Opioids such as Vicodin and OxyContin are medications often prescribed because of their pain-relieving properties. Used as prescribed by a doctor, these drugs can safely change the way a person experiences pain. Opioids work by attaching to specific proteins called opioid receptors that are found in the brain, spinal cord, and gastrointestinal tract. Opioids relieve pain by triggering excess flow of certain neurotransmitters such as dopamine. Yet, when opioids are abused, serious health risks, including overdose and death, can occur.
To understand opioid abuse, it's helpful to understand some fundamentals of how brain cells interact with each other. First, the brain is made up of billions of nerve cells, also known asneurons (Figure 1). Typically, a neuron contains three important parts: a central cell body that directs all activities of the neuron; dendrites, short fibers that receive messages from other neurons and relay them to the cell body; and anaxon, a long single fiber that transmits messages from the cell body to the dendrites of other neurons or to body tissues, such as muscles.
The communication of a message from the axon of one nerve cell to the dendrites of another is known as neurotransmission (Figure 2). Communication between nerve cells occurs mainly through the release of chemical messengers into the space between an axon and a dendrite; this space is called a synapse. Molecules called neurotransmitters are released from the axon of one neuron to molecules called receptors in the dendrites of another neuron.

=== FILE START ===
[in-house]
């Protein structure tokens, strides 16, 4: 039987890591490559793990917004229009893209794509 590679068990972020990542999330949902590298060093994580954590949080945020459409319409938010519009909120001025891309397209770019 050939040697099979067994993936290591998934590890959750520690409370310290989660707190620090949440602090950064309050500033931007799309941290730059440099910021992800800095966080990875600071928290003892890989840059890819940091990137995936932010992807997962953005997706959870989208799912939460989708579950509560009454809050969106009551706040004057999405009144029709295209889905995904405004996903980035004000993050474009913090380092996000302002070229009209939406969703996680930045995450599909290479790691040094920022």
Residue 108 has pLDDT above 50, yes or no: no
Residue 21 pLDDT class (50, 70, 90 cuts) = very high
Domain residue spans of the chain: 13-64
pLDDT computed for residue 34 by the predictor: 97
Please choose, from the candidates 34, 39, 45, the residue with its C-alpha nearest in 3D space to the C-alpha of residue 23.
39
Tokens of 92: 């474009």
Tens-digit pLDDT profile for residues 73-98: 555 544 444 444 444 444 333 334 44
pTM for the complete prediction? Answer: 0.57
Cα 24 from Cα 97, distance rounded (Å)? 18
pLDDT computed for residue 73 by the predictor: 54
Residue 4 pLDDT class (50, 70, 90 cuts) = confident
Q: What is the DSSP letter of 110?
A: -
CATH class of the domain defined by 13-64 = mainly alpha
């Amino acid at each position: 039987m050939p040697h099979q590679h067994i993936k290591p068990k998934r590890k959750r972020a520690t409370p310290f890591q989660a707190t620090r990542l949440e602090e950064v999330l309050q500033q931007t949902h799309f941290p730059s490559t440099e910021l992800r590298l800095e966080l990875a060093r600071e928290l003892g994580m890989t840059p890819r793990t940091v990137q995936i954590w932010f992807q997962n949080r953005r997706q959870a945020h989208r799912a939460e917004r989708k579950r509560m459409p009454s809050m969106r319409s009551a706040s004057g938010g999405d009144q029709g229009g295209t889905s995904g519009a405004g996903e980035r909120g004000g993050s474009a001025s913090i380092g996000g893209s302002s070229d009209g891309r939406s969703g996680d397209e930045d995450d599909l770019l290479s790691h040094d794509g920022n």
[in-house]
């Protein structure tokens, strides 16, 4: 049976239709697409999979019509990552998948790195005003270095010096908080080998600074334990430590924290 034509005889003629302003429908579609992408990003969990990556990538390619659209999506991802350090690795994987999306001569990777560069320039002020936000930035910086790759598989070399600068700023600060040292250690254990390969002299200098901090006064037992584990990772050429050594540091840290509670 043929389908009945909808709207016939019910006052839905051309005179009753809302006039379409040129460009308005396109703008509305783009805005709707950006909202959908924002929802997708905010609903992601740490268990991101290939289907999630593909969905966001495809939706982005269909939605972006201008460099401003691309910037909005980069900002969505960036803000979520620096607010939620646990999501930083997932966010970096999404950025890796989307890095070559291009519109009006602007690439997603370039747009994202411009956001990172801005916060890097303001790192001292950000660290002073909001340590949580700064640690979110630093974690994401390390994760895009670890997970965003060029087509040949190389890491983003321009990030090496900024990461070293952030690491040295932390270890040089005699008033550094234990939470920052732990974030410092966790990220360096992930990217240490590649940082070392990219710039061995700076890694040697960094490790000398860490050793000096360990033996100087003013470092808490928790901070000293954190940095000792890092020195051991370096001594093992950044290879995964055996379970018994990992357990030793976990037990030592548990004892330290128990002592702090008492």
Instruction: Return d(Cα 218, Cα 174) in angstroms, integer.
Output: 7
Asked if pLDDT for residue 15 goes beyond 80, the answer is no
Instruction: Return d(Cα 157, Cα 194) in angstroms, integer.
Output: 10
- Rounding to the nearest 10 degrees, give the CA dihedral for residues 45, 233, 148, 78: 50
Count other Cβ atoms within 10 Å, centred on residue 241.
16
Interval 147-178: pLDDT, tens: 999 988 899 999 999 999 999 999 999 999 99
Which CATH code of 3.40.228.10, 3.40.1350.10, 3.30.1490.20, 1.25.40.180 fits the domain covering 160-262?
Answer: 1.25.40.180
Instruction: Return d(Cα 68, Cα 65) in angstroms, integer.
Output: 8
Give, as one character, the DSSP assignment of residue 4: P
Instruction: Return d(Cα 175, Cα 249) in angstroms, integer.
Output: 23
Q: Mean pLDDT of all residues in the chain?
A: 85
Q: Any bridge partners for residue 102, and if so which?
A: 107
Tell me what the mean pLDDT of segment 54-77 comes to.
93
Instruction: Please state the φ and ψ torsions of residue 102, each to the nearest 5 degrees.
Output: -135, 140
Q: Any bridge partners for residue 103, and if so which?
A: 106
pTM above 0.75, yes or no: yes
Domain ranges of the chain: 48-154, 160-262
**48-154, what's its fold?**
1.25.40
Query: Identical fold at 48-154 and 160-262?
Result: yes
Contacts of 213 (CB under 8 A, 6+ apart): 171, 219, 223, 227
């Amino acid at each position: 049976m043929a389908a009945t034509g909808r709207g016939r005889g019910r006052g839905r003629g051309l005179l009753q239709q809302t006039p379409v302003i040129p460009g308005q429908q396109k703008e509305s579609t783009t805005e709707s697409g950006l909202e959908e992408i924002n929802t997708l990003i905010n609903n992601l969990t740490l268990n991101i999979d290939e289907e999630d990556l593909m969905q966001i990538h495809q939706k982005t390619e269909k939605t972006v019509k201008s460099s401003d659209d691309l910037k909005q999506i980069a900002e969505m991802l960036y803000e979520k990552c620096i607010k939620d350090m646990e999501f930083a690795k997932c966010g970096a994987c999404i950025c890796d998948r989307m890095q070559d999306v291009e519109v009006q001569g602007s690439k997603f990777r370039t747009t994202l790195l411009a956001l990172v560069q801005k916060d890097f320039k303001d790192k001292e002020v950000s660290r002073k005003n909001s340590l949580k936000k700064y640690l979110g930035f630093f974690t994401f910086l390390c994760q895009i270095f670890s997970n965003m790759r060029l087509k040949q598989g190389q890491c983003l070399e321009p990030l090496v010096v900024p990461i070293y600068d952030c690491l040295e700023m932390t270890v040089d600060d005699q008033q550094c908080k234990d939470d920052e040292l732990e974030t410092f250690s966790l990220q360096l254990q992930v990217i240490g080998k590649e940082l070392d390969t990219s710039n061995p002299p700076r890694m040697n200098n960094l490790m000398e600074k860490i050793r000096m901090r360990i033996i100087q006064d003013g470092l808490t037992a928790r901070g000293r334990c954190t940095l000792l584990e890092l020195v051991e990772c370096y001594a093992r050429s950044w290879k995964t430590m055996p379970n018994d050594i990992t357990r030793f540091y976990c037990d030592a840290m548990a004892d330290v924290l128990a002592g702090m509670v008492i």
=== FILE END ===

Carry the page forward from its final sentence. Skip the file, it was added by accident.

Opioids, as stated above, trigger excess flow of the neurotransmitter dopamine, which leads to the relief of pain. When used as directed by a physician, opioids are designed to deliver pain relief little by little, over a 12-hour period. However, when abused, such as by crushing or chewing the pills, taking them with alcohol, or using them without a physician's prescription, opioids can flood the brain with dopamine—and the risk of overdose becomes very great.
Abuse of an opioid can produce drowsiness, cause constipation, and, depending upon the amount taken, depress breathing. Taking a large single dose can cause severe respiratory depression or death. Long-term use also can lead to physical dependence: The body adapts to the presence of the substance, and withdrawal symptoms occur if use is reduced abruptly. Long-term use can also result in tolerance, which means that higher doses of a medication must be taken to obtain the same initial effects.
Note that physical dependence is not the same as addiction—physical dependence can occur even with appropriate long-term use of opioids and other medications. Drug addiction is defined as compulsive, often uncontrollable drug use in spite of negative consequences, and is the result of changes in brain function.
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NIDA for Teens, "Opiates Mechanism of Action." Accessed at teens.drugabuse.gov/mom/tg_opi2.asp.
InfoFacts, "Prescription Pain and Other Medications." Accessed at www.drugabuse.gov/Infofacts/Painmed.html.
Notes, "The Basics of Brain Imaging." Accessed at www.nida.nih.gov/NIDA_Notes/NNVol11N5/Basics.html
Swan, Neil, "Brain Scans Open Window to View Cocaine's Effects on the Brain," NIDA Notes, Volume 13, Number 2 (July, 1998). Accessed at www.drugabuse.gov/NIDA_Notes/NNVol13N2/Brain.html.
(Image Credits: Art adapted from NIDA for Teens, "Nerve Cells and Neurotransmission.")